By Christa Banister
It’s not hard to see just how many aspects of life are negatively affected by addiction. Beyond the litany of health problems and the long-range effects on friendships, family life, mental health, productivity at school, and even future prospects, studies published by the National Library of Medicine have shown that repeated drug or alcohol misuse also causes disruption in the area of the brain responsible for decision-making.
The brain’s orbitofrontal cortex (OFC) plays a variety of important roles in how we make decisions, including:
- Decision-making guided by a reward system (the release of feel-good dopamine, for example)
- Flexible assignment of value to environmental stimuli that motivates or inhibits our choices and actions
- Integration of emotional and sensory imagery from lower limbic structures
- The ability to self-monitor and socially respond, both of which are behaviors viewed favorably by others
When there’s damage to the OFC, however, the ability to control cognitive operations is impacted, which helps explain why someone struggling with addiction can relapse — return to drug use — even after a long period of abstinence.
As part of relapse prevention, nonhabit-forming medication can help with the recalibration of normal brain function and help decrease cravings.
Research has shown a few outcomes from a damaged OFC that are particularly concerning. Among these are:
- Self-regulation deficits
- Impulsive and inappropriate responses
- Loss of crucial behavioral guidance system
- Inability to properly assign value to rewards
- A tendency to choose a small, immediate reward over a larger but delayed reward
Meadows Senior Fellow Kevin McCauley, MD, explains, “In addiction, the brain’s ability to correctly calculate value and probability becomes severely biased. This means that people in early recovery have a hard time assessing likelihood of future harm or risk.”
How to Repair the Damage
Along with the pharmacological component of addiction, learning there’s a significant behavioral component to the disease has provided helpful insight in how to better approach treatment.
Dr. McCauley says it comes down to asking the question, “How can I protect myself from relapse decision-making when my ability to assess relapse risk itself is impaired?”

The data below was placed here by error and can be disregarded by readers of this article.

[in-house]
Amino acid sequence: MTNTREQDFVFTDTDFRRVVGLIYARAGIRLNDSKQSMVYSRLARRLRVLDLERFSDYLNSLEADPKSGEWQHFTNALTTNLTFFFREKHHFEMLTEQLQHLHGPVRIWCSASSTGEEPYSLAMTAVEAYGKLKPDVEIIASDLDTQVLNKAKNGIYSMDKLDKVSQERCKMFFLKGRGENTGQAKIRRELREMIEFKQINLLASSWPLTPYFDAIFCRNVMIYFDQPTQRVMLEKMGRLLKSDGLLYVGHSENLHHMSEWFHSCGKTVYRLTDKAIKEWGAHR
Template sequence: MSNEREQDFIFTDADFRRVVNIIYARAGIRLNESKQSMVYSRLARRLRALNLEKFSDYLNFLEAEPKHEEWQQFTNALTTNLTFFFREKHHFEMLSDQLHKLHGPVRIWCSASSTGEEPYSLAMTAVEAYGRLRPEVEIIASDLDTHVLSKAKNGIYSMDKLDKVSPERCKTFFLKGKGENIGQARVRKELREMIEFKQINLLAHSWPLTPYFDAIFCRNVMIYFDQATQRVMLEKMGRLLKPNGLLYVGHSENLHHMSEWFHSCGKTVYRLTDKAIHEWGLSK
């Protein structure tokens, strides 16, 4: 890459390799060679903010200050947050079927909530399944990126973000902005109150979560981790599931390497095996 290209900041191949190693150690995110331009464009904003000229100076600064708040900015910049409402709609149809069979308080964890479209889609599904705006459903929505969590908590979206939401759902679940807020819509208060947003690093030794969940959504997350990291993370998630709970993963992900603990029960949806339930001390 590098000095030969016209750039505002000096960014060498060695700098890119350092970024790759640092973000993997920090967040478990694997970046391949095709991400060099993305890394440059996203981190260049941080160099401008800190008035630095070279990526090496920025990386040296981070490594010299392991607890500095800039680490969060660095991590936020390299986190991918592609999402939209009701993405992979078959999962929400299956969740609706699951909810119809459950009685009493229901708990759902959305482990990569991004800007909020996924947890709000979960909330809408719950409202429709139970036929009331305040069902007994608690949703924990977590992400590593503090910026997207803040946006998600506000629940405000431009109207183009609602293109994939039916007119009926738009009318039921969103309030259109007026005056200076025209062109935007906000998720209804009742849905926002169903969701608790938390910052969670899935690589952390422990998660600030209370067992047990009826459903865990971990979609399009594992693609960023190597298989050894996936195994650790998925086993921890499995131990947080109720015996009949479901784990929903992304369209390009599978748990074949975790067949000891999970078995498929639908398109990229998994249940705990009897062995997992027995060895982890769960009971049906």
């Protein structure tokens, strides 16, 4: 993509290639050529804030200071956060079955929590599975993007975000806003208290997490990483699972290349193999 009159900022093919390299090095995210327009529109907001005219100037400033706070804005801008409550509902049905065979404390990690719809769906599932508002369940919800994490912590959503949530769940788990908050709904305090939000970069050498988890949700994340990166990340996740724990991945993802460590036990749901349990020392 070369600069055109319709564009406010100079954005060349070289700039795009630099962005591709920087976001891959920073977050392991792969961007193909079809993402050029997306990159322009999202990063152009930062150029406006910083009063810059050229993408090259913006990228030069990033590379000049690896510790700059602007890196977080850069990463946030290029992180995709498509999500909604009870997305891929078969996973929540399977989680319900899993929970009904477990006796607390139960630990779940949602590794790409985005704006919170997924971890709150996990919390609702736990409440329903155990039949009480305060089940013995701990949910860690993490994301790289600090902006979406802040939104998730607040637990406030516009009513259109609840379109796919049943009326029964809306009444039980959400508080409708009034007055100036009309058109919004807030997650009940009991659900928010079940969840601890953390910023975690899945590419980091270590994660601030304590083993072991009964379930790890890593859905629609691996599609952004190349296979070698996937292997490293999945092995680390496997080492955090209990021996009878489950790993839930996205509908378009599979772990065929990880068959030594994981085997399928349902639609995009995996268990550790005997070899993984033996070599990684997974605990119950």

To answer this, Dr. McCaulay applies a form of risk management called “recovery management” by integrating addiction treatment and recovery support services. In addition to increasing engagement before recovery and facilitating the initiation of recovery, this approach promotes long-term recovery maintenance. At the same time it also improves the quality of a patient’s personal and family life by addressing the behavioral component of addiction that occurs when the OFC has been damaged.
In addiction, the brain’s ability to correctly calculate value and probability becomes severely biased. This means that people in early recovery have a hard time assessing likelihood of future harm or risk.
In some cases, as part of relapse prevention, nonhabit-forming medication can help with the recalibration of normal brain function and help decrease cravings, according to the National Institute on Drug Abuse. Behavioral therapies, which help modify attitudes and behaviors related to drug use and encourage healthy life skills, have proven to be helpful as well.
Most importantly, accepting that addiction isn’t something that can be “cured” overnight is key. When brain function has changed, triggers are something that commonly emerge after treatment. Learning to identify these and their accompanying coping mechanisms is essential so they can be managed as they arise.
Hope is Here
Are you or a young person you know struggling with addiction? There is hope at the Claudia Black Young Adult Center. With treatment specifically tailored to the needs of adults ages 18 to 26, our proven Meadows Model equips people to address the issues in a journey toward healing. For more information, contact us today.